In addition, helicopter parenting also undermines children’s ability to become flexible in certain situations and confident in themselves. Most of the time, these children lack the freedom to explore, discover and pursue new challenges.
3. Irregular Sleeping Hours
Irregular hours of sleep could negatively affect child’s brain development. It has been scientifically proven that going to bed late or going to different times is related to problems of hyperactivity, misconduct at school, emotional difficulties.
4. Lack of Communication
Parent-child communication is very important, and it is often the role of the parent to initiate it. A parent must be careful when the child is willing to listen and try at that time to start a conversation with him/her: in the car, after the meals, in the morning while the child prepares to go to school, before bedtime, etc.
It is the parent who initiates the conversation because it shows to the child that the parent is involved in his/her development and that s/he cares about what is happening in child’s life. Once a week, ideally, the parent should find time for an activity to do with the child.
5. Too Much Criticism
It is absolutely normal as a parent to want your child to do and be the best. But you have to avoid the trap of always being unhappy about what the child does, becoming too critical and negative.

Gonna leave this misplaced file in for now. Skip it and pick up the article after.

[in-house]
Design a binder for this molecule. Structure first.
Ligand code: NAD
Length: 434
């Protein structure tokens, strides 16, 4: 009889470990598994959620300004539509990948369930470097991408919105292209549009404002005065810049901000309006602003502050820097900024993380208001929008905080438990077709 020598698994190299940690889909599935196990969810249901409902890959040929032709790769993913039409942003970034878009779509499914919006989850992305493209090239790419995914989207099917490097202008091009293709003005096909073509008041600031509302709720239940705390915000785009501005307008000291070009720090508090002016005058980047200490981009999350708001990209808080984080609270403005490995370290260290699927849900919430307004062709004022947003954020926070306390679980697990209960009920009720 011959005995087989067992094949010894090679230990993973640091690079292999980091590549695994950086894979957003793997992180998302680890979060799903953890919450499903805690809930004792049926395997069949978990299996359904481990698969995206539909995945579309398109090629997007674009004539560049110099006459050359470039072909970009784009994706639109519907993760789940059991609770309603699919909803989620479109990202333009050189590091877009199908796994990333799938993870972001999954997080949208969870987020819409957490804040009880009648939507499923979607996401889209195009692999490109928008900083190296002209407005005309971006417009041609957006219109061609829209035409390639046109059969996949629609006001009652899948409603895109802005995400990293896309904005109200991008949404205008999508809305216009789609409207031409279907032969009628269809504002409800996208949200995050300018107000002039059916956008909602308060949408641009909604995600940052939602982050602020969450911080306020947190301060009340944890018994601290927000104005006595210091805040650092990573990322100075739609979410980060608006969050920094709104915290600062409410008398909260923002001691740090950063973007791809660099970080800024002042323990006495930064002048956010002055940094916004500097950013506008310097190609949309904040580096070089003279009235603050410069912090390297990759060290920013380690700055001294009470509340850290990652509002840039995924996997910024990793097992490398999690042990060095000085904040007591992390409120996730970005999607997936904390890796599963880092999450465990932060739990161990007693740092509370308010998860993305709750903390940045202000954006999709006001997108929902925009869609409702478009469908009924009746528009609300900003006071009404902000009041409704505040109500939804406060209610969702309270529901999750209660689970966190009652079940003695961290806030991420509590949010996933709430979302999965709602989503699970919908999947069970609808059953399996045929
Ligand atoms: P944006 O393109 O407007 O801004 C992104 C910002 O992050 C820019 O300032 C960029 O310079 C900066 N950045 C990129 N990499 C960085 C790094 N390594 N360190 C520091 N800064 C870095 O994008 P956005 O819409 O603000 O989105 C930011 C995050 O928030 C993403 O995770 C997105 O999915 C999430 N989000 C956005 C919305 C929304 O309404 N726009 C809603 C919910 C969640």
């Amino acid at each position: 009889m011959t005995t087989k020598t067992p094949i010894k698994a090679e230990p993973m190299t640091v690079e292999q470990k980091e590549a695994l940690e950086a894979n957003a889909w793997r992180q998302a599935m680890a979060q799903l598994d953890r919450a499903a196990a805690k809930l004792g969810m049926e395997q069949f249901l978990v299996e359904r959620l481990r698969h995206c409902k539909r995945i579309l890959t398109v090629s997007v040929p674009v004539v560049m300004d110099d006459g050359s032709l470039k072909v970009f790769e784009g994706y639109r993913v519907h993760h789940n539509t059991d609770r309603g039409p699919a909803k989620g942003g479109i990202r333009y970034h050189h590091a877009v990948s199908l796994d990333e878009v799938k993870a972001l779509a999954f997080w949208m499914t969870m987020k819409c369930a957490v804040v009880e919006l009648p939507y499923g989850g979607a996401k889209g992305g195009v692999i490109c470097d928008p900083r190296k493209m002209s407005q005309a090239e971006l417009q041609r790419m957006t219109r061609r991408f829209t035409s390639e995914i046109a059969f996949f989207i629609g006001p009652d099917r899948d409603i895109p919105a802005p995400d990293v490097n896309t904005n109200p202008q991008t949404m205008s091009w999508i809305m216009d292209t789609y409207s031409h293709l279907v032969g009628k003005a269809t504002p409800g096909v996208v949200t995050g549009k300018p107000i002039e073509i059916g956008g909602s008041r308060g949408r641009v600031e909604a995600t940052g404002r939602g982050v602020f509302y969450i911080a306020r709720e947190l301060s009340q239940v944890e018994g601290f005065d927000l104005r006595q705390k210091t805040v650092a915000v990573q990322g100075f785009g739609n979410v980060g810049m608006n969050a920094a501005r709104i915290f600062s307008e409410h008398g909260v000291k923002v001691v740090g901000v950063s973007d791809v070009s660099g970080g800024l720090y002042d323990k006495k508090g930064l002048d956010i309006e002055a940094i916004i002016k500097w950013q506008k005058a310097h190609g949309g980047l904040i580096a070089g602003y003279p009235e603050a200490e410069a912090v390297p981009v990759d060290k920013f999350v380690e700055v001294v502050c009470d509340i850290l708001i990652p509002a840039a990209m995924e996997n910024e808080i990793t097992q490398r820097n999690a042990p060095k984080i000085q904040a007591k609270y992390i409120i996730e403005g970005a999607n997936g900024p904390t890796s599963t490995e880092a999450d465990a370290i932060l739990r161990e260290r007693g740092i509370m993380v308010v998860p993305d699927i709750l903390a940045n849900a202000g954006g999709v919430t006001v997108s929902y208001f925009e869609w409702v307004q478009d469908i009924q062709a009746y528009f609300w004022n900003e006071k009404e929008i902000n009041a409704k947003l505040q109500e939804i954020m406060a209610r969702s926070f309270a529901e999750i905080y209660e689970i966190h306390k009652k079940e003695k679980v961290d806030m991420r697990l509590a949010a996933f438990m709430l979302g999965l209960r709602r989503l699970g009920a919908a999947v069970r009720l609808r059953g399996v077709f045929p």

Don’t let your desire turn you blind and ignore the successes s/he has achieved so far. Don’t create unrealistic expectations because they always lead to disappointment.
6. Emotional Tension Between the Parents
When the parents do not get along, the child suffers. They become worried and frustrated and start searching for solutions to make their parents happy again.
The child will be emotionally distressed and insecure about his/her future. They may lose their appetite or have troubles playing or sleeping. In most cases, children tend to feel guilty for the adult quarrels.
Boosting Self-esteem in Children: How to Help Your Kid
If the child feels insecure, give her/him confidence!
Some children may feel distrustful of their own strengths and abilities. Sometimes, to build their self-confidence, it’s enough to repeat that they can succeed.
The simple fact that your child knows you trust them will help them face their fears, insecurity and at the same time develop their own self-esteem.
If s/he wants to tell you something, listen!
It may happen that we feel overwhelmed by the constant chatter of the little ones. But when they want to communicate something, it’s good to listen to them carefully.
Maybe we do not fully understand their thoughts and emotions. But by paying attention to their needs and what they have to say, they will know that we really care.
If s/he makes mistakes, help him/her explore new solutions.
Adults make mistakes too and these are far bigger than a child’s mistakes. Yet, we learn to forgive them. Similarly, when your child does something wrong, do not criticize him/her. Suggest new ideas or help them understand the consequences of their actions.
“Confidence comes not from always being right but from not fearing to be wrong.”
– Peter T. Mcintyre
How do you support your child’s self-esteem?
Copyright © 2012-2019 Learning Mind. All rights reserved. For permission to reprint, contact us.